Category Archives: Social Media

FACE’s ALS Ice Bucket Challenge

This week the inevitable happened. FACE became the next in a long line that has been nominated for ALS’ Ice Bucket Challenge. Yes, the social media phenomenon reached us in our London Office; we have Brightsource to thank for that!

ALS is a disease that many had never heard of or understood before the Ice Bucket Challenge; it has brought a huge amount of awareness to the charity and many similar non-profits who are trying to fight the cause.

The challenge represents more than just throwing iced cold water over your head. It shows us the incredible power of social media, and how quickly content can go viral.

We would like to thank Brightsource for the nomination. Our nominations go to Extendi, Sennep and Sensum. You have 24 hours – considering it’s a Friday we’ll give you until Monday.

Please donate what you can to the following links:

ALS in the US here:
https://secure2.convio.net/alsa/site/…

Or to the UK’s Motor Neurone Disease Association here:
http://www.mndassociation.org/news-and-events/Latest+News/the-mnd-ice-bucket-challenge

Find out more about ALS (known more commonly as Motor Neurone Disease in the UK or Lou Gehrig’s disease):

http://www.alsa.org/about-als/what-is…

10 tactics for rigour in social media market research

Last week I went to the MRS Connected World conference, a really excellent event gathering together an inspiring crowd to talk about new technologies and consumer behaviours. Not just to listen – though listening was great! I was also putting forward the FACE point of view on a panel with Tom Ewing of Brainjuicer and Paul Edwards of Working Plural & JKR.

Our topic: “cutting through the noise”. Digital media & technology has generated a dramatic shift – for the first time in history, there’s not a shortage of information but an excess. But how to make sense of it all? How to find the insight amid the flood?

Our session was kindly written up by Research Live, so I won’t go into the details here. Instead, I want to pick up on a really smart question from an audience member – How do you do social media research with real rigour?

Great question. How do you move beyond a set of observations made on a vast and potentially rather amorphous dataset, to get to something we might actually call research? On the spot I came up with 3 ways  - but on reflection, there are more.

Here’s my top 10 ways to make your social media research rock solid:

1. Capture the complete universe

If the dataset’s incomplete (and especially if you don’t know what’s missing), you can’t say anything about how your findings relate to the wider universe. Tweets found directly through Twitter search are really no more than anecdote until you can contextualise them within a meaningful totality of everything that’s going on in social.

figure13

Image source: Mapping The Global Twitter Heartbeat: The Geography of Twitter, by Kalev H. Leetaru et al., 2012

So make sure you’re using a social media research tool that’s built on top of Twitter Firehose (the 100% data API) and robust blog, forum & news data collection.

Of course there’s still a gap between “everything said in social” and “everything people think”. But that’s true for every research method – this is a risk we can only minimise, never remove entirely.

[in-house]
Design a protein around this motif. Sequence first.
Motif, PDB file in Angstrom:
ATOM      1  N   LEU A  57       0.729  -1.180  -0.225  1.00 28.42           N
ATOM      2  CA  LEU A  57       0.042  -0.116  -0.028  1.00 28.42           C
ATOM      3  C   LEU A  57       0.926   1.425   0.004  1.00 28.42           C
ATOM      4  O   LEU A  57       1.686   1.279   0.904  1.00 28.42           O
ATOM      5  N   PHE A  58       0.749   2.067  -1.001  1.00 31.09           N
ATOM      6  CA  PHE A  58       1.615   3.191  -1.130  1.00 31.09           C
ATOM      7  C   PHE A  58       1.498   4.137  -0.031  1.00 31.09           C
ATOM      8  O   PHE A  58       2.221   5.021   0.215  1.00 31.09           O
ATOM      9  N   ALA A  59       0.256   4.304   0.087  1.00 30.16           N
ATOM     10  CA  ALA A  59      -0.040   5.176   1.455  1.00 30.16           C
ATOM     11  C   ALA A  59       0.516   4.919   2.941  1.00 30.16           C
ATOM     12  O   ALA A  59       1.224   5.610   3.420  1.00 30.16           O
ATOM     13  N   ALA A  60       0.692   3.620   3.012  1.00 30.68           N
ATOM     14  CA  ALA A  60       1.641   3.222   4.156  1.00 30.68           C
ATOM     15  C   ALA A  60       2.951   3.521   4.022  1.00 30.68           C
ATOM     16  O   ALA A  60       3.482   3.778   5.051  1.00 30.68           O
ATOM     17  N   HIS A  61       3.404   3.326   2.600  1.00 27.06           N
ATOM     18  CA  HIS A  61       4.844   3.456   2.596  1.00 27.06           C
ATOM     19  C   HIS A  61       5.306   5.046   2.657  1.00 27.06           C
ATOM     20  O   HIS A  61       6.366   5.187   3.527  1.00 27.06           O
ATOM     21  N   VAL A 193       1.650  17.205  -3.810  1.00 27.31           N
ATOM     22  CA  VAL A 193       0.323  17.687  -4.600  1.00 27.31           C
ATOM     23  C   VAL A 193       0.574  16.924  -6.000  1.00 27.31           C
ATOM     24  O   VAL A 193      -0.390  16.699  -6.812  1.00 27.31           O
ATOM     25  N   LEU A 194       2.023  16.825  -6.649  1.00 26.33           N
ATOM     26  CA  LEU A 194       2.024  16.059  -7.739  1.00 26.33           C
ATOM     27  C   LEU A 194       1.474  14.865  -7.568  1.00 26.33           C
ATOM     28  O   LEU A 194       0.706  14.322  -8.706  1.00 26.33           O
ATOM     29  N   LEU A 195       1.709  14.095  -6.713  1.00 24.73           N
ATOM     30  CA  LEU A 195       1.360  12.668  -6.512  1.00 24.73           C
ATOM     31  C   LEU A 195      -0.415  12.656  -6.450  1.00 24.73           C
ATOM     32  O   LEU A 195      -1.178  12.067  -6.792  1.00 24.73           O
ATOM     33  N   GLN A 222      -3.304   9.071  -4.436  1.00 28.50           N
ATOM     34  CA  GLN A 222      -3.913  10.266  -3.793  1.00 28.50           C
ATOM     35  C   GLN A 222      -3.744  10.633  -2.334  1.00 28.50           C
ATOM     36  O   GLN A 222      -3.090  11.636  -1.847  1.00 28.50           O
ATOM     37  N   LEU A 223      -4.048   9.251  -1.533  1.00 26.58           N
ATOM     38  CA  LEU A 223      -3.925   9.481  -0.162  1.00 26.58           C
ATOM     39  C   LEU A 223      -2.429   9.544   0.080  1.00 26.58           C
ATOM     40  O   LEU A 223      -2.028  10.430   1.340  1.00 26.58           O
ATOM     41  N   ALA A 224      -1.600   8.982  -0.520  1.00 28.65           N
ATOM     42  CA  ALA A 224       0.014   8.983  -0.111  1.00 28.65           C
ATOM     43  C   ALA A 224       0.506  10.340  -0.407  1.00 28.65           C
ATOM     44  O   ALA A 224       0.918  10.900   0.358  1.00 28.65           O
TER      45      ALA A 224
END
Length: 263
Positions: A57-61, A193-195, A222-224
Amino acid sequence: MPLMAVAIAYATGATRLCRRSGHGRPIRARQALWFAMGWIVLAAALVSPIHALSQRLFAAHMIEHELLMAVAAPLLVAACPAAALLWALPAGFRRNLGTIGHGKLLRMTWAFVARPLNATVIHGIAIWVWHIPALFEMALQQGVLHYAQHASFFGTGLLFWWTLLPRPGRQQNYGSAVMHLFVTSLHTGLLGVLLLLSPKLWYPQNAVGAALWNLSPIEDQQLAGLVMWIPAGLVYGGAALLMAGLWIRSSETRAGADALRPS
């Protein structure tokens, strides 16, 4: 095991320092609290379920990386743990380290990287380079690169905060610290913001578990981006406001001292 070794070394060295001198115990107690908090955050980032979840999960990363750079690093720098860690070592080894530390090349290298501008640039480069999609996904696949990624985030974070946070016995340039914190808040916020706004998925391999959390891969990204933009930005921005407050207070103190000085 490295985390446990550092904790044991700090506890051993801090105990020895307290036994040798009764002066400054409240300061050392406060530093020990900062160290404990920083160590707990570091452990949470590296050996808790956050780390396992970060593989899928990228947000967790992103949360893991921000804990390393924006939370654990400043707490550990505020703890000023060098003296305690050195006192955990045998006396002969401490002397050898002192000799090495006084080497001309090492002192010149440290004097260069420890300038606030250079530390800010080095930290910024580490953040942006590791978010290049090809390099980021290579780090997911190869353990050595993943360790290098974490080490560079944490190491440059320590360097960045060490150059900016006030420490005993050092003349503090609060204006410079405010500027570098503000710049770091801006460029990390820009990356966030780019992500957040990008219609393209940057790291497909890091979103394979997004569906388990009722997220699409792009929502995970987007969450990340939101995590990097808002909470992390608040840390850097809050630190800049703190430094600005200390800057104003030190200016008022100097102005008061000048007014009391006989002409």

2. Your search strategy is critical

Great data sources aren’t enough on their own – you’ve got to set them up right. If you’re searching for a particular category (e.g. haircare), you need to be confident you’ve collected the whole category – every possible way people can talk about hair, from products to styles and stylists, and verbs & adjectives as well as nouns. Just searching for all mentions of “hair” won’t cut it – you’re not capturing a meaningful totality.

How to build good search syntax: Brainstorm. Then test it in Twitter & Google search, then iterate to add in new words & phrases that come up. Analyst experience is key here to build a search strategy that’s both comprehensive and focused.

3. Qualify your quant insights

Social data is qual data at a mass scale, says Francesco D’Orazio, our chief technologist.

Numbers on their own aren’t insights. Positive sentiment is 20% – so what? What are people saying? What are the needs and emotions driving that figure, and why is it higher for one brand than another? Read, synthesise, code. Quote the actual messages, show the verbatim. Keep the people visible in how you tell your insights.

4. Quantify your qual insights

Say you’re doing an innovation project, find out that fighting frizz is the most important consumer haircare need. Your immediate client might love the depth of qual insight you can build from beauty blogs and forums… But she’s also got to communicate that insight around a larger organisation & to lots of people who won’t ever read your full deck.

So quantify that qual insight and rank it against other needs. Savvy use of Boolean search strings – NEAR operators & smart exclusion terms – can give you sensible approximate volumes for almost any concept. You’ll not capture every nuance, to be sure – but it’ll help support that qual insight as a really solid finding.

puggit pug AND rabbit

(Ok, not really an example of quantifying qual insights – but a very cute example of Boolean syntax!)

5. Can another analyst find the same insights?

Classic research methods such as data coding still can have a key role to play in turning social media data into insight. It provides a structured template for content analysis that helps iron out bias from the analyst’s own preconceptions. Instead you’ve got a random sample of 200 messages and a structured grid, and it’s easy to review across team to help standardise what you mean by particular categories and concepts.

6. Benchmark

Is this finding real? How much does it actually matter? Display your research findings contextualised against other brands, other categories, or as share of voice – so your reader can get a sense of proportion.